Cyber Crime I – 'Busting An e-Ticket Racket'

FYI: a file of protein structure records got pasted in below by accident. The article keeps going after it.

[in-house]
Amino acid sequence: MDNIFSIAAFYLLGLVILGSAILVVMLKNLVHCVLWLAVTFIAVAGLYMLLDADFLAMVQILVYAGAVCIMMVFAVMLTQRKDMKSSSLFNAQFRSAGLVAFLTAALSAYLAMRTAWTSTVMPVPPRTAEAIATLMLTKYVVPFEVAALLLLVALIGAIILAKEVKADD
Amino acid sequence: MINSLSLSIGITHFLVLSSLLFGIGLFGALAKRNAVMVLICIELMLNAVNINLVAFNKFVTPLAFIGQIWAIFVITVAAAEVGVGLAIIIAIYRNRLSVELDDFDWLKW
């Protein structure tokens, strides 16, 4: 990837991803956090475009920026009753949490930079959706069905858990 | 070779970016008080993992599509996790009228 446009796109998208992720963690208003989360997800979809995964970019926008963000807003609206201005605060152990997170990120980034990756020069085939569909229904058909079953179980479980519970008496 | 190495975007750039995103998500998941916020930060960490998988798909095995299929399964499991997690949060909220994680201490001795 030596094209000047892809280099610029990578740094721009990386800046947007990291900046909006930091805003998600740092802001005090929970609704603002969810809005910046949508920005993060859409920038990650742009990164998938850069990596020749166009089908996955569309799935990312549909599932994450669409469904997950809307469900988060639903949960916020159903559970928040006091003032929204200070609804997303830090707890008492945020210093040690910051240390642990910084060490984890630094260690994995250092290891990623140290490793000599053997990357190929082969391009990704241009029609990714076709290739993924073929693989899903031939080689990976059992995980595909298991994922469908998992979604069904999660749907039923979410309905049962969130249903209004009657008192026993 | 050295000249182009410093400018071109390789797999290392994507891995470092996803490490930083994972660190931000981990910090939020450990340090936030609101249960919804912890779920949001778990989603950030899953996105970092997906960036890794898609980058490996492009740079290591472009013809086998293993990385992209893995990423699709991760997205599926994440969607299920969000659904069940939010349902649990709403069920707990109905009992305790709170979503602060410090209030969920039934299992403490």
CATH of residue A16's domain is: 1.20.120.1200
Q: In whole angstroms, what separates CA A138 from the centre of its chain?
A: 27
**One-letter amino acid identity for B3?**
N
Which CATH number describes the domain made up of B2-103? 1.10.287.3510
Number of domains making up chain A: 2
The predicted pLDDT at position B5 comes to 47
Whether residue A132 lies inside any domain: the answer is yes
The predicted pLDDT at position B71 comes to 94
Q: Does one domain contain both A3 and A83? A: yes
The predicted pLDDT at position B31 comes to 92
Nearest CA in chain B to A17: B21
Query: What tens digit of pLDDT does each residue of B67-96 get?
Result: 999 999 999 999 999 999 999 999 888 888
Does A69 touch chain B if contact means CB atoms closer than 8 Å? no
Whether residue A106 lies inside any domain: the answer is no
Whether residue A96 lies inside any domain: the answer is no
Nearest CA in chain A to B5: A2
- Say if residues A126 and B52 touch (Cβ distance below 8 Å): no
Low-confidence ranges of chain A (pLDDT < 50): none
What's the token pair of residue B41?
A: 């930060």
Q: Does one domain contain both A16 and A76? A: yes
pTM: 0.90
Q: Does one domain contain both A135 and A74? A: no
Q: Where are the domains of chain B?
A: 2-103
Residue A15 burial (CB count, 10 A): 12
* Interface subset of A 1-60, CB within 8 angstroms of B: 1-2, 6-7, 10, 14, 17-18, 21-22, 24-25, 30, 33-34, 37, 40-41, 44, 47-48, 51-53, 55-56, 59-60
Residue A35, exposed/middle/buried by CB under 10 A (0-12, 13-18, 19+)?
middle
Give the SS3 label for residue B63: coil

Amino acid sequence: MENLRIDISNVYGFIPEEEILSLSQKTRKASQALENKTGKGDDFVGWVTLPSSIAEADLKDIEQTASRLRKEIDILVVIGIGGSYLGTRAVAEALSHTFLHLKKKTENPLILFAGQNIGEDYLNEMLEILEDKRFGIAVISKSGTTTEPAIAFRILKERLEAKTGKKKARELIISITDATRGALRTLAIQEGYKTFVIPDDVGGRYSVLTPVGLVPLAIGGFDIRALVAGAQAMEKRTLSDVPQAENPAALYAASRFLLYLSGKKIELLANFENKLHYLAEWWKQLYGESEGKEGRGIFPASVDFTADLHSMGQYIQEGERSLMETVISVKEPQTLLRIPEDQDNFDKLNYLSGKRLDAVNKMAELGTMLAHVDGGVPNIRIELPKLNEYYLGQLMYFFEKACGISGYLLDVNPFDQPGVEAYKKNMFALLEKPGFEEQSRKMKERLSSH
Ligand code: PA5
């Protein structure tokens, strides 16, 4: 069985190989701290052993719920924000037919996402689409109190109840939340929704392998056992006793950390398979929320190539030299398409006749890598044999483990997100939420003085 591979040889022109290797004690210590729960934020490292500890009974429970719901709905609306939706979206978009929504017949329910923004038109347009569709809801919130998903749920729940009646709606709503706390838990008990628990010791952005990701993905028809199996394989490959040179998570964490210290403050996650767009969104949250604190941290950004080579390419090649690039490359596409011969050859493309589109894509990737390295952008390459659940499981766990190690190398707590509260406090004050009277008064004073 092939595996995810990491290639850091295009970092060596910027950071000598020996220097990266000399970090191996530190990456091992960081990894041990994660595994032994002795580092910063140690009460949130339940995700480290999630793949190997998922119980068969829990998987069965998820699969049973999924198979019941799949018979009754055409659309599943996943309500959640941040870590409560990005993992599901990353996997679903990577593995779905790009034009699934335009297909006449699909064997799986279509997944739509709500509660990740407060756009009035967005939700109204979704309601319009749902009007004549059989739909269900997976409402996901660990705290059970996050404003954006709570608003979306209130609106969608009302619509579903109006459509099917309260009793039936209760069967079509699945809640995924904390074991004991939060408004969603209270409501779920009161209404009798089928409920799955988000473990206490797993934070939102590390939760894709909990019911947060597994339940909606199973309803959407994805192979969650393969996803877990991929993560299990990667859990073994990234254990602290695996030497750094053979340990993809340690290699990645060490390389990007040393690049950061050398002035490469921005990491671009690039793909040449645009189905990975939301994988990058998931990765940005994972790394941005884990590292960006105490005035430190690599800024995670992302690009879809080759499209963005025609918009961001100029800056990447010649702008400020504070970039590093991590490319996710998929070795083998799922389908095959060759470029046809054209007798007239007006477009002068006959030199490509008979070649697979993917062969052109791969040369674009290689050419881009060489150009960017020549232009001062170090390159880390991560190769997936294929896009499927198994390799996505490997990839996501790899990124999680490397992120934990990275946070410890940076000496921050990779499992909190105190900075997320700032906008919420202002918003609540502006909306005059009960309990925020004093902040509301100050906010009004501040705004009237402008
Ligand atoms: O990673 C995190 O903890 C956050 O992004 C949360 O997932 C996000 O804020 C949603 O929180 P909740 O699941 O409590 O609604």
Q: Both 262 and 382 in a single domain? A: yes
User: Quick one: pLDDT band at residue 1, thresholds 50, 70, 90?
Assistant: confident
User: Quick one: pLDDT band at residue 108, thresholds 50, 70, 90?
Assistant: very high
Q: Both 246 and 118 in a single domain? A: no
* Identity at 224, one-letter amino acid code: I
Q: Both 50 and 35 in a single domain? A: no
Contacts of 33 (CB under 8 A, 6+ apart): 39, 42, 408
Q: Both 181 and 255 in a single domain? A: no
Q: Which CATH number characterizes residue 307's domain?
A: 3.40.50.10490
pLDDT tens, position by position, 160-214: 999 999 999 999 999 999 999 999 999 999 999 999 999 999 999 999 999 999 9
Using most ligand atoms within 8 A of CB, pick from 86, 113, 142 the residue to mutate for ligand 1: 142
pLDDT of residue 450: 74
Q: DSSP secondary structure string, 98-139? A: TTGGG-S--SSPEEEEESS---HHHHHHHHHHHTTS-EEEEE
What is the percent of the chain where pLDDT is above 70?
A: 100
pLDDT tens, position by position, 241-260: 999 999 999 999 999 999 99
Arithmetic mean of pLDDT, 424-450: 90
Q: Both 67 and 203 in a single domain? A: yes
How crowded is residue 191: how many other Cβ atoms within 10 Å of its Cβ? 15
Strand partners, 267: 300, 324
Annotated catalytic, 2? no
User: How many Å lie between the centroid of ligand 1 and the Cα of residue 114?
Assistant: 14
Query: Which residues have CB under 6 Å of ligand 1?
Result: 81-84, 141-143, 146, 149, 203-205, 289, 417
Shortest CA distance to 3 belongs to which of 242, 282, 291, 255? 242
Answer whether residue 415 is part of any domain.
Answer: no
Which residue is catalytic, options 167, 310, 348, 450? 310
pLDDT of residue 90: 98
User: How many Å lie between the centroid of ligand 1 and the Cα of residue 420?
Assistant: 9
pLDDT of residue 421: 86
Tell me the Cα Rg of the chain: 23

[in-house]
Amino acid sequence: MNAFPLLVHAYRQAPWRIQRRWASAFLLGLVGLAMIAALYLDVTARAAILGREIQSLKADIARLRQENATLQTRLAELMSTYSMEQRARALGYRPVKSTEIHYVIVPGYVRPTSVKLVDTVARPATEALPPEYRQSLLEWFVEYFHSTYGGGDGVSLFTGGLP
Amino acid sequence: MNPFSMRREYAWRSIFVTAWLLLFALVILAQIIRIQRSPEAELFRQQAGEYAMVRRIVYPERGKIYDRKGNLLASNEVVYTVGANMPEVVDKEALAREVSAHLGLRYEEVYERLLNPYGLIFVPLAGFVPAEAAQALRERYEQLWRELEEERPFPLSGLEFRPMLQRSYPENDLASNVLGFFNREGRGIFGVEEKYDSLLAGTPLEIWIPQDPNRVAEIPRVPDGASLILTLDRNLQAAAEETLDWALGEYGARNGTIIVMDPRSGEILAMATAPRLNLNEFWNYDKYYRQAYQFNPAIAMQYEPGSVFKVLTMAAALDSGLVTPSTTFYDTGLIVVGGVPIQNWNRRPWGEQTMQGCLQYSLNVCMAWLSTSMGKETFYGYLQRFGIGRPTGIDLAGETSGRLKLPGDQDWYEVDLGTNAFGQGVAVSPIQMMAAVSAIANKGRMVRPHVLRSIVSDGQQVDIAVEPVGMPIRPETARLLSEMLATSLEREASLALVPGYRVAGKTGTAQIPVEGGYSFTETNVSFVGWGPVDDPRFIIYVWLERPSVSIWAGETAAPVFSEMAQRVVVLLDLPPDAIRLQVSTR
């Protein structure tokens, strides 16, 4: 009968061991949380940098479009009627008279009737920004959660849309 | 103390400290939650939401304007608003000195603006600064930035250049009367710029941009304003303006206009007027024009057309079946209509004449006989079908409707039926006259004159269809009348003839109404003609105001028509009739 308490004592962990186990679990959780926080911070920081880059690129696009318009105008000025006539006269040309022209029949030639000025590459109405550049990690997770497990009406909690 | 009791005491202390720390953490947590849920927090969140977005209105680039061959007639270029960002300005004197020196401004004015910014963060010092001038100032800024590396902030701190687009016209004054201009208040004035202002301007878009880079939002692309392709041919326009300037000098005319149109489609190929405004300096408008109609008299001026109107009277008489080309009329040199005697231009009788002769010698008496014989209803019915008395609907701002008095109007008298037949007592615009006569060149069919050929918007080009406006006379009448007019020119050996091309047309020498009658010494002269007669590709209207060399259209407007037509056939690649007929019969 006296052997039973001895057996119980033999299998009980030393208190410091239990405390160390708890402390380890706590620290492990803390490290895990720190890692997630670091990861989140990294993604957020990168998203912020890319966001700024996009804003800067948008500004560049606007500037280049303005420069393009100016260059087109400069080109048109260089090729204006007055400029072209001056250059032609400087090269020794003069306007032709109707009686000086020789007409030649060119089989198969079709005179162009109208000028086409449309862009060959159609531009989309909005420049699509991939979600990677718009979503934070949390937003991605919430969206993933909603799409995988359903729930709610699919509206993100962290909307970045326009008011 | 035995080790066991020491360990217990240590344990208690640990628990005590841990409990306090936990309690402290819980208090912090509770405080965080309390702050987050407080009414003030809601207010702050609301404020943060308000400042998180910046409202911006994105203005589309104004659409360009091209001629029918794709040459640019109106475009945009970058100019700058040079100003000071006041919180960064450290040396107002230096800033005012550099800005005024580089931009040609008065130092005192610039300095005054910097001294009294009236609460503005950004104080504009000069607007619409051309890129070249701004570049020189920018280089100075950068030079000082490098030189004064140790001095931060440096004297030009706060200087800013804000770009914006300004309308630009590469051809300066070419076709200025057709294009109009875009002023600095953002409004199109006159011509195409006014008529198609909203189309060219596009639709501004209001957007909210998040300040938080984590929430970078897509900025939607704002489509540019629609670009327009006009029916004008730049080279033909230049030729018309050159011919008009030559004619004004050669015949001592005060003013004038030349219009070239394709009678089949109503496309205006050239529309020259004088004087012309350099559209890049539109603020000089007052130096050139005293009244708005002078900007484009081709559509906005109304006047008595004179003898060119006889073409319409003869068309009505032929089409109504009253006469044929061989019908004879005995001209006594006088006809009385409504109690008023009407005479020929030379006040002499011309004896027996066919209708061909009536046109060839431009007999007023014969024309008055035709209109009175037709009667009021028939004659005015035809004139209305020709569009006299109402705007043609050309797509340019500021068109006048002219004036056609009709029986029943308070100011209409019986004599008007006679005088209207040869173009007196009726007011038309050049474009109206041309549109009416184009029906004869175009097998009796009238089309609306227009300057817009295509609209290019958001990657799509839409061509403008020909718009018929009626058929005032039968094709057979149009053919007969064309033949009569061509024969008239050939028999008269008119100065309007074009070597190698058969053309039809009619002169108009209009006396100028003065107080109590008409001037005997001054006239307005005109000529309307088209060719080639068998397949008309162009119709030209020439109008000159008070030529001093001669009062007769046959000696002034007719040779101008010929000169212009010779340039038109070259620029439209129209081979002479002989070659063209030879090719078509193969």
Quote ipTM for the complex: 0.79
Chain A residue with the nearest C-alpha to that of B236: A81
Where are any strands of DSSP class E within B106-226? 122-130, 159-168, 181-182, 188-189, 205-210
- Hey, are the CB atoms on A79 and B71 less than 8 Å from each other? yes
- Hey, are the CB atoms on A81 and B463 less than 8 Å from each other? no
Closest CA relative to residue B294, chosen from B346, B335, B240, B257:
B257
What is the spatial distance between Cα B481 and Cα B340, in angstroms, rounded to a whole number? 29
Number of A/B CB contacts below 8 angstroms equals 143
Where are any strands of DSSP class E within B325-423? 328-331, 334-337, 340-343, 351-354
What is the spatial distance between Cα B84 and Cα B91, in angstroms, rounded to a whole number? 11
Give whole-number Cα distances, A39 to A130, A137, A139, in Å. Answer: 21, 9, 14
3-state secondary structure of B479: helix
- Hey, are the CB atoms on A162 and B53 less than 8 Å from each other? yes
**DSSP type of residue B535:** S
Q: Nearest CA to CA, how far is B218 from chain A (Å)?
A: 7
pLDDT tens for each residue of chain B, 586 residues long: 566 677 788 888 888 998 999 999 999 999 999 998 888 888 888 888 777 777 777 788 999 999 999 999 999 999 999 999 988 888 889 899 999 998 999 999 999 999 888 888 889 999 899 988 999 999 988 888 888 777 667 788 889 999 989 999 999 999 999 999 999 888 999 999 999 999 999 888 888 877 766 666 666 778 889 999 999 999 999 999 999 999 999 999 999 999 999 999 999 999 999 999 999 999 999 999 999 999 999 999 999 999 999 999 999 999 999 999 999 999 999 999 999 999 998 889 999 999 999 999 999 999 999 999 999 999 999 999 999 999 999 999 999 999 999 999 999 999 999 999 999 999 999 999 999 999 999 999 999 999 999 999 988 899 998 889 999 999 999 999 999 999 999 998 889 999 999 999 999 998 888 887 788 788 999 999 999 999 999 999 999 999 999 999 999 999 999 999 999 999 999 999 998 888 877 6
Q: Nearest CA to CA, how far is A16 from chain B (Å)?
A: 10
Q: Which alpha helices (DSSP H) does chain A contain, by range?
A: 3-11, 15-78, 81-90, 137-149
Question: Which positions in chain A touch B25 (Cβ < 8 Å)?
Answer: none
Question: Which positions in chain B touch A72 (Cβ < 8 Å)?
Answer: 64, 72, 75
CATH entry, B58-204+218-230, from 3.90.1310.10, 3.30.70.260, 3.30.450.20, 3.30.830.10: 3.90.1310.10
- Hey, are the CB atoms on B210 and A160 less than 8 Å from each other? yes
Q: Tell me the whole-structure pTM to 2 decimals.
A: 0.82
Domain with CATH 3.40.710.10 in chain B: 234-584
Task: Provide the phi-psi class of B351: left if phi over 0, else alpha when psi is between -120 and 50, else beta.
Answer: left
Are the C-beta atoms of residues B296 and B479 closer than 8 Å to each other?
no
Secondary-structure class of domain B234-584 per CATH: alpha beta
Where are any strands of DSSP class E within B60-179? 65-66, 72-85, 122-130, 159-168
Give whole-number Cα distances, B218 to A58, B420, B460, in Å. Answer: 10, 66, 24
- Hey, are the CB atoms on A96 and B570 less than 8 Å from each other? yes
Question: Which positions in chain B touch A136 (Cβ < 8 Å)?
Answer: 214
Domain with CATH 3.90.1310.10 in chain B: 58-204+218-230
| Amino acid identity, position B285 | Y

Conferred Cyber Cop of the Year (2012) Award by NASSCOM, India’s premier body for promotion of information technology, Dr Triveni Singh has cracked several high profile cyber crimes. A PhD on the subject under his belt, Singh believes the future of crimes lies in a mesh of wires and connected keyboards. He discloses solving one such case: Very early in my career, I realised that policing cannot be limited to standing on the street holding a baton or a rifle. I knew that change was near, and that nature of crime was going to be transformed with changing technology. Without any official backing, I started to read about cyber crimes. I then pursued professional courses on the subject and today I am a PhD holder. I was also conferred with the Cyber Cop of the Year (2012) award by Data Security Council of India (DSCI) NASSCOM. Over the past few years, my interest in cyber crime and financial fraud has brought me many digital crime assignments from central agencies and other government bodies. Recently, I busted a gang of software sellers, who helped railway touts book train tickets within a fraction of seconds. Booking train tickets on the Indian Railways Catering and Tourism Corporation (IRCTC) website generally takes several minutes, even with high-speed Internet connections. Tracking this multi-crore, pan-India racket was a tough job. The software they used bypassed all the security norms put in place by the Central government website. The agents would merely fill in the details of the passengers and the required train, along with the mode of payment and voila… the tickets were booked. An in-depth analysis of the software showed that it provided proxy IP addresses; bypassed IRCTC captcha and bank OTP; allowed forms autofill; and logins with multiple IDs. The servers were usually based outside India, allowing the users to fraudulently gain unauthorised access to a computer network in contravention of rules and regulations. These software makers were based out of major metro cities and were connected with agents through different WhatsApp groups. It was thus important for us to penetrate their network. My team also went undercover and one of our team members posed as a customer to see how an agent booked the ticket. And then we followed the electronic trail. Following the crackdown, IRCTC has introduced multiple security features to their website to keep a check on such bookings. But you can never be sure of a foolproof system. The nature and magnitude of cyber crimes are changing every day. Last month, I arrested four hackers, who booked tickets online from the website of the UP’s State Road Transport Corporation (UPSRTC) without paying up. We managed to figure their modus operandi before they could cause a bigger damage. We found that they were exploiting the vulnerabilities of the online payment system of the UPSRTC website to book counterfeit e-tickets through a software called ‘Burp Suite’. After procuring these free tickets, they would then sell them on WhatsApp and Facebook groups. Robbers no longer need to enter a bank with guns to steal money, it can happen with just a click of a button. Here, the robber doesn’t have a face, or any record, all we have is a digital footprint. He or She can operate from any part of the world. Most cyber criminals are young and energetic and eager to learn. They know a bit of scripting. And with a few sessions of hacking tutorials available on the internet, they are ready for the kill. They are learning something new each day, so cops working on cyber crime, need to hone their skills every day. The digital world comes with its own set of banes. While technology has made our lives hassle-free, it has also opened new avenues for thefts and frauds. From withdrawing money through cloned cards to trading vital information on the web, all this is happening in India. Unfortunately, not many in our law enforcement agencies are skilled enough to tackle such crimes.